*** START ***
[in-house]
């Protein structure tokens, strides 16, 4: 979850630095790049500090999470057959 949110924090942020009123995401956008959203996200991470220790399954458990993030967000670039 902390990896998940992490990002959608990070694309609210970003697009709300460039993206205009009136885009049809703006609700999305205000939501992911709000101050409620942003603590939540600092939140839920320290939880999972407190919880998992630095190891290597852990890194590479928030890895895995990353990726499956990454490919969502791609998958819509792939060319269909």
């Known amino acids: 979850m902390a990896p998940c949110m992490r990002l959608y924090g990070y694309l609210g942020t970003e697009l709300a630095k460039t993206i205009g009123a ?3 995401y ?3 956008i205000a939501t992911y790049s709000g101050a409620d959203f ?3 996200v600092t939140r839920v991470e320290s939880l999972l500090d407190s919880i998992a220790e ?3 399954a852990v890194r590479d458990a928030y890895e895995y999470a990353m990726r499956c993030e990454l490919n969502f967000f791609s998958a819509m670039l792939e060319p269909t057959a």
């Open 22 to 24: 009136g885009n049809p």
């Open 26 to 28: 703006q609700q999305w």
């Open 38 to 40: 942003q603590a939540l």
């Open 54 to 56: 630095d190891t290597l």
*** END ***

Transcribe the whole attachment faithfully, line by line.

[in-house]
């Protein structure tokens, strides 16, 4: 979850630095790049500090999470057959 949110924090942020009123995401956008959203996200991470220790399954458990993030967000670039 902390990896998940992490990002959608990070694309609210970003697009709300460039993206205009009136885009049809703006609700999305205000939501992911709000101050409620942003603590939540600092939140839920320290939880999972407190919880998992630095190891290597852990890194590479928030890895895995990353990726499956990454490919969502791609998958819509792939060319269909």
């Known amino acids: 979850m902390a990896p998940c949110m992490r990002l959608y924090g990070y694309l609210g942020t970003e697009l709300a630095k460039t993206i205009g009123a ?3 995401y ?3 956008i205000a939501t992911y790049s709000g101050a409620d959203f ?3 996200v600092t939140r839920v991470e320290s939880l999972l500090d407190s919880i998992a220790e ?3 399954a852990v890194r590479d458990a928030y890895e895995y999470a990353m990726r499956c993030e990454l490919n969502f967000f791609s998958a819509m670039l792939e060319p269909t057959a």
């Open 22 to 24: 009136g885009n049809p």
């Open 26 to 28: 703006q609700q999305w």
């Open 38 to 40: 942003q603590a939540l």
């Open 54 to 56: 630095d190891t290597l």